Managing explosive growth is not a problem most entrepreneurs have to worry about. Most of them are too busy burning money, and wondering what on earth motivated them to give up the day job to compete for shelf-space with the likes of PepsiCo and Kellogg in the first place.
Not so for Mamma Chia founder and CEO Janie Hoffman, who was in the enviable position of having come up with something so genuinely new and appealing when she first pitched her organic chia seed beverages to buyers in late 2010 that her phone was ringing off the hook almost from day one.
Within 30-60 days they were asking me to go national
And very soon, the challenge became how to manage growth such that no one ended up disappointed, Hoffman told FoodNavigator-USA.
“I got my big break in October 2010 in 50 Whole Foods stores, and within 30-60 days they were asking me to go national, and all these other retailers were knocking on my door wanting to stock the product.
“We did go national at Whole Foods within the year, we’re now national at mainstream retailers such as Kroger, Safeway and Costco, and we’re rolling out at 800 Target stores this summer, but to start with, we had to turn a lot of people down because we didn’t want to get ahead of ourselves.
“You hear all these horror stories of people agreeing to national distribution and not having the infrastructure to support their growth. If we’d have said Yes immediately to everyone that wanted our product, we’d be in a very different place now.
“Our Q1 sales in 2014 were three times higher than they were in Q1 2013, so we’ve grown pretty explosively. But we’ve been disciplined about it. We’re also in the black, which not everyone that’s seen the kind of growth we’ve generated can say this early on in a business.”
You hear all these horror stories of people going national and not having the infrastructure to support their growth
But what impressed buyers so much in the first place?
While nothing sells itself, Hoffman had a head-start over most budding entrepreneurs when she first started pitching Mamma Chia in 2010 simply because it looked so unusual, and there was nothing else like it on the market.
Buyers and consumers alike were intrigued. What will it taste like? What is the texture? Why are the ‘bits’ suspended (the organic chia seeds are pre-hydrated in water and form a gel), says Hoffman, who experimented with scores of chia-based products in her kitchen in 2009 before coming up with the winning formula for her first commercial products: Chia-seed beverages with fruit juices, agave for sweetness, natural colors and flavors.
“I could have started with another product, or made another chia smoothie, but I thought the beverages were really disruptive,” said Hoffman.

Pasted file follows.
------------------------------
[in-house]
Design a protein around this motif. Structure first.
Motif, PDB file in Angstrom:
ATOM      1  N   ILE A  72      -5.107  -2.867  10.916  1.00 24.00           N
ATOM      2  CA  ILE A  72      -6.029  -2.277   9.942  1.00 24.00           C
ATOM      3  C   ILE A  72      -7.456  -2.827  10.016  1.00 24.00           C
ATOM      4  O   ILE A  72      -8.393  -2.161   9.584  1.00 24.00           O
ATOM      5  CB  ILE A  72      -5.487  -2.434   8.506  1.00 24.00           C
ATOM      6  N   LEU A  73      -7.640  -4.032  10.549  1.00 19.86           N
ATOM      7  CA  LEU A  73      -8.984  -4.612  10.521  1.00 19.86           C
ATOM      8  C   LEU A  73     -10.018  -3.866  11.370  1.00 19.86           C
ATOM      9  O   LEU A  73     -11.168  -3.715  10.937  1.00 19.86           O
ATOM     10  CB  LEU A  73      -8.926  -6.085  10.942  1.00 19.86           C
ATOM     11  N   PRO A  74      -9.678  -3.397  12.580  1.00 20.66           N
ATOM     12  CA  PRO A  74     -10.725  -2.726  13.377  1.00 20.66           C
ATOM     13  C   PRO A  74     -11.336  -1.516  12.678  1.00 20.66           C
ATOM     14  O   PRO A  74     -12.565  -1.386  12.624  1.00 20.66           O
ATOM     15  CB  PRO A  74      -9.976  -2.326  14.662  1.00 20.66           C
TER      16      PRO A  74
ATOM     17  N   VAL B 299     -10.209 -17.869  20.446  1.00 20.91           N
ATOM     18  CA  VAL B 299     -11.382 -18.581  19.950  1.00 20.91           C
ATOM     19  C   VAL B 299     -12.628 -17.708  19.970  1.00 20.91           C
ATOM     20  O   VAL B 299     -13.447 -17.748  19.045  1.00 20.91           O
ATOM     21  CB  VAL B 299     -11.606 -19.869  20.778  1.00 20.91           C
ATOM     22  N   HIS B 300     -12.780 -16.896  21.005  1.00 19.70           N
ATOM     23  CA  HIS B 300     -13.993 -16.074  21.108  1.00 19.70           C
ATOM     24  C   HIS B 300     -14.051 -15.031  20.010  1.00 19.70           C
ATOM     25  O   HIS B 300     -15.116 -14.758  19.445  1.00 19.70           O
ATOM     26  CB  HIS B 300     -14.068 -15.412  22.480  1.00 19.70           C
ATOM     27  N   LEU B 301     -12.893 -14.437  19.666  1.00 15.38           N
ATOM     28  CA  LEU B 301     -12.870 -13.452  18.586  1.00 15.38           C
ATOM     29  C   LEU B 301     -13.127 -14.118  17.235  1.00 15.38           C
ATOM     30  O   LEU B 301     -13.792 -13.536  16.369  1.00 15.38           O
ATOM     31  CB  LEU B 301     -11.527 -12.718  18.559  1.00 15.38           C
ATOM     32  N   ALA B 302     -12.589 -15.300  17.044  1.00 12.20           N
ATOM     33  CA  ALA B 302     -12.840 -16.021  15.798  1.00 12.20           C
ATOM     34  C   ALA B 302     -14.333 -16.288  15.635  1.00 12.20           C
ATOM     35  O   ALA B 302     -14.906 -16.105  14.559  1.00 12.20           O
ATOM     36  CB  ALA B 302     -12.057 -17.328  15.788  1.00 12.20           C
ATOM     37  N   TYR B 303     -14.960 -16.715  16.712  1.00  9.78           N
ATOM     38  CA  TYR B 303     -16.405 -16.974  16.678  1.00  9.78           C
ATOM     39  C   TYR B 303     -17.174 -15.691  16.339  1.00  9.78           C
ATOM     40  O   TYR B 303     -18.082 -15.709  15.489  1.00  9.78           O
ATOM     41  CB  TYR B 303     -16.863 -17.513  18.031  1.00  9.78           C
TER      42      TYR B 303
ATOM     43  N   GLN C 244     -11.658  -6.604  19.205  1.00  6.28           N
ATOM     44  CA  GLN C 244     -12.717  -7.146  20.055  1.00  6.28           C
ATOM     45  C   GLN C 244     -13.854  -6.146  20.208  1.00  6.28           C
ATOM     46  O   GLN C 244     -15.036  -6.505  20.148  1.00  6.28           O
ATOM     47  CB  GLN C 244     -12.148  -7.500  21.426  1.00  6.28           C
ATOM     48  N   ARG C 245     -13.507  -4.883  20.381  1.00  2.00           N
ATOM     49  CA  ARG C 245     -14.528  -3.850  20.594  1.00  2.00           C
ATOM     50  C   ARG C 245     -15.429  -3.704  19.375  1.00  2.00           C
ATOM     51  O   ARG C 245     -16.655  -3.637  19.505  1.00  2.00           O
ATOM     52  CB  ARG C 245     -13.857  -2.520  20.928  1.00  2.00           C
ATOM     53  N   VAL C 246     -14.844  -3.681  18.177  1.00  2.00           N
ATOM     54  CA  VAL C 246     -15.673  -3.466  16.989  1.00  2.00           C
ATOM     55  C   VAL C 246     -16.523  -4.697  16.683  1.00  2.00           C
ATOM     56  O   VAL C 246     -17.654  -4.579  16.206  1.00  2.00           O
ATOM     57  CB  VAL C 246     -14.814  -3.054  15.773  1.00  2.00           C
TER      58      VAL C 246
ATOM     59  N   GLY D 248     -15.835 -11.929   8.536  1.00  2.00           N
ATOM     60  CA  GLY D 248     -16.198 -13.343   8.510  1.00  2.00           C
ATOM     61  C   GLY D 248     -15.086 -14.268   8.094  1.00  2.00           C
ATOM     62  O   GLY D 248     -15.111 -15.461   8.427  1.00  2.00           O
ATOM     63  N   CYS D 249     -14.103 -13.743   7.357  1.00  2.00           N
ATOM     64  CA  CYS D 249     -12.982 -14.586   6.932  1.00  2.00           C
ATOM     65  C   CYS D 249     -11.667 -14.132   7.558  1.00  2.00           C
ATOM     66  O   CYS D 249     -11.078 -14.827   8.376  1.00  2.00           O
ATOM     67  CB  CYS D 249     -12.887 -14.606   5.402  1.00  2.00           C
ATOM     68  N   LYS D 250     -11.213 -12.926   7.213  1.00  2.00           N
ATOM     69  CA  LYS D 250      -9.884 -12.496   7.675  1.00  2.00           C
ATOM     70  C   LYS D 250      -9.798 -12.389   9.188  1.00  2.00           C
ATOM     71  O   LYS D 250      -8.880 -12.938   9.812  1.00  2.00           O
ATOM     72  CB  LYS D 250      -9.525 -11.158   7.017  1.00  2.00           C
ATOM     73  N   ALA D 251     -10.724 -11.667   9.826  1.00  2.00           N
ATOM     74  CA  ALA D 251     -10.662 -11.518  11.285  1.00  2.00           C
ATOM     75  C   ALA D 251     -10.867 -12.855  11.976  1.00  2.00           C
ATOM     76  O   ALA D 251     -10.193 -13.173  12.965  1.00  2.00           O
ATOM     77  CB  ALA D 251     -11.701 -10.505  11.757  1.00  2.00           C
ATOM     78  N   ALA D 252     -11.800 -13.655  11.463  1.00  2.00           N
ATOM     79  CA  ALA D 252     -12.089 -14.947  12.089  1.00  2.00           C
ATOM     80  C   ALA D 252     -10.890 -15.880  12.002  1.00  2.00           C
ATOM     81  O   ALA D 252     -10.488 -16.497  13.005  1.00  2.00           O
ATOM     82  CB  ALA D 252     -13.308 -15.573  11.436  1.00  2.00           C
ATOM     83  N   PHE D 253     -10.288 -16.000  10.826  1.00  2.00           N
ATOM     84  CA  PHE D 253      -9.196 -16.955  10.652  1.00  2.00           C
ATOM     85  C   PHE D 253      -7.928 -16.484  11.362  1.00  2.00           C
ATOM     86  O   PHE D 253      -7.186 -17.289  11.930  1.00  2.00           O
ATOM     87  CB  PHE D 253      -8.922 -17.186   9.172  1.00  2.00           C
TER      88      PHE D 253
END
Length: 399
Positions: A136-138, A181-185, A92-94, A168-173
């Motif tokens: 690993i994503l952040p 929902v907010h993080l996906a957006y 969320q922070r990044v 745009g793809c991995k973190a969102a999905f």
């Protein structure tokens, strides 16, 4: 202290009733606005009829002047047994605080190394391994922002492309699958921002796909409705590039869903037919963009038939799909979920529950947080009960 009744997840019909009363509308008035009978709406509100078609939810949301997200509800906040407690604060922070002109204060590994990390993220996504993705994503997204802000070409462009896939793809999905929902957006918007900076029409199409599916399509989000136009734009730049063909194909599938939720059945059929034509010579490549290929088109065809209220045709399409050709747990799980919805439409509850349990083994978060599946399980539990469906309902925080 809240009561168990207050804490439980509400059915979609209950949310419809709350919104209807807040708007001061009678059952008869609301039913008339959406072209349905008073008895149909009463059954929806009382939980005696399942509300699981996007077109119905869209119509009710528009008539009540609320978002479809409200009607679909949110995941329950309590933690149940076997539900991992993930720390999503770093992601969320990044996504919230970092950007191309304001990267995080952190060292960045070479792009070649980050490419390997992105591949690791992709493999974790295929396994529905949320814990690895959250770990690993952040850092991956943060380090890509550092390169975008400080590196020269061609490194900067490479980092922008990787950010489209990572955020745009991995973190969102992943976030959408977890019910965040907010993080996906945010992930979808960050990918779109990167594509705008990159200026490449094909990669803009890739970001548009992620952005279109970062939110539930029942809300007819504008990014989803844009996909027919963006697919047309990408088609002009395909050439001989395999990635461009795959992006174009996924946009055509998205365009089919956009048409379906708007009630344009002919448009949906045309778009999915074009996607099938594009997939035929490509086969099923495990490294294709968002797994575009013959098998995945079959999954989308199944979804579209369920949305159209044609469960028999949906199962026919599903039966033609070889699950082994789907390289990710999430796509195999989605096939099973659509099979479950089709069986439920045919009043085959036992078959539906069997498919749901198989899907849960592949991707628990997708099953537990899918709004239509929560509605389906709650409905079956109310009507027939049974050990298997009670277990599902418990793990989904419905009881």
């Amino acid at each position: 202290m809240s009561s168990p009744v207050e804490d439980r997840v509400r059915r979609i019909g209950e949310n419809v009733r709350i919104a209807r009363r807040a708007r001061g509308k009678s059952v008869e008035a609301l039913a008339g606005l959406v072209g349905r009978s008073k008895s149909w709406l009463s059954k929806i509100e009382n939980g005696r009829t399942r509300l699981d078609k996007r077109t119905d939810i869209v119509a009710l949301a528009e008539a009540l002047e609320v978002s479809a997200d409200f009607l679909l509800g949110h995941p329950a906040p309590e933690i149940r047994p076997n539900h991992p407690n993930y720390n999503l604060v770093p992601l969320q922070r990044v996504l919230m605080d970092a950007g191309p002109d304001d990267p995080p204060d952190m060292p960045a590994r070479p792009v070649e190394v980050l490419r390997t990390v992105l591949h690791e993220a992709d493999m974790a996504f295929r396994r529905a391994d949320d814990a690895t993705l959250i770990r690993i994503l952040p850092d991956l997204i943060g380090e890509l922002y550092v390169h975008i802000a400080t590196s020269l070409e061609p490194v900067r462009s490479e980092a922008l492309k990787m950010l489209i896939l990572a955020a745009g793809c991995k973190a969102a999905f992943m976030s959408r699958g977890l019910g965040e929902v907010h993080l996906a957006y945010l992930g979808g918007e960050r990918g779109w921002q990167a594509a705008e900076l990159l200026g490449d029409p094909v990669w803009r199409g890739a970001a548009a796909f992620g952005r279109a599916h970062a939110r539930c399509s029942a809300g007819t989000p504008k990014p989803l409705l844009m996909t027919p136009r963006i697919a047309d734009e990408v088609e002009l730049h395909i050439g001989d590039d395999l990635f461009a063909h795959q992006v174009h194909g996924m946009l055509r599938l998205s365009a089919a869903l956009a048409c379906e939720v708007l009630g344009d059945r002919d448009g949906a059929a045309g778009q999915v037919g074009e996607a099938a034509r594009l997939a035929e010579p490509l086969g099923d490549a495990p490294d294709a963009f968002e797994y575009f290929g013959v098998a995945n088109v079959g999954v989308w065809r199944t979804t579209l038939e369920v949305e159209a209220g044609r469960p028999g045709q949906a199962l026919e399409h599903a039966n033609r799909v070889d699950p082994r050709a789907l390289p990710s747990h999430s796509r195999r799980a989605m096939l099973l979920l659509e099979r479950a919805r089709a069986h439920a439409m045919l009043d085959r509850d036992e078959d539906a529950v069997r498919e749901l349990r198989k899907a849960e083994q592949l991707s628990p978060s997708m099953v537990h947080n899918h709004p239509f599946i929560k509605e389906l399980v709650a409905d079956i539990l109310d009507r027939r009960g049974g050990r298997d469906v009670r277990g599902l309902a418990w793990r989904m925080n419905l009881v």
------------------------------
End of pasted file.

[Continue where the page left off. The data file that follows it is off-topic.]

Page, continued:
“They looked magical and beautiful, which makes people pick them up, and once they turn over the bottle to see what’s in the product - omega-3s, protein, fiber, and antioxidants, you’ve got them. It’s so nutrient dense.”
They just took off like a rocket ship
Chia Squeeze ambient vitality snacks in a pouch - which were launched in 2013 - were another instant success (they are targeted at adults but are proving equally popular with teens and younger children as a lunchbox snack), said Hoffman.
“They just took off like a rocket ship. They’re in natural, mainstream and club stores now and we’re also doing really well online.”
But there is no room for complacency, says Hoffman, who has a chia-based cookbook coming out in the fall and still adds chia to “anything and everything” in her kitchen at home.
“We’ve got a million things going on in R&D and about half a dozen really delightful things at various stages of development, so we’ll roll out several new products in the next 12 months or so.”
An element of luck
So what’s her advice for other aspiring food and beverage entrepreneurs?
There is always an element of luck, says Hoffman, who by a stroke of good fortune found herself sitting next to Odwalla founder Greg Steltenpohl at dinner in Santa Fe, New Mexico in 2009, at the inaugural meeting of Slow Money, a movement to organize investors to steer new sources of capital to small food enterprises, organic farms, and local food systems.
Hoffman, who “didn’t know a soul in the beverage industry” at this point, “ended up taking 10 pages of notes” during dinner, and was advised that going to the Natural Products Expo East trade show was a good place to make new contacts.
So she headed to Baltimore, found some contacts, and a year later, was on shelf at Whole Foods Market.
Believe in yourself, but don’t drink your own Kool-aid
But once you’ve got a business up and running, what then?
Her best advice, says Hoffman, is to “listen and learn from people that have experience, and keep an open mind, but hire people that share your vision and know the heart and soul of your product.
“Believe in yourself, and make the final decisions, but don’t drink your own Kool-aid.”
From a financing perspective meanwhile, sometimes beggars can’t be choosers, but remember that the “type of money you bring in can determine the type of company you build”, she adds.
“I was very lucky as I was able to find angel investors from the Slow Money community that shared my goals.”
Hoffman's first book, Chia Vitality: 30 Days to Better Health, Greater Vibrancy, and a More Meaningful and Purposeful Life , was published this month by Harmony Books.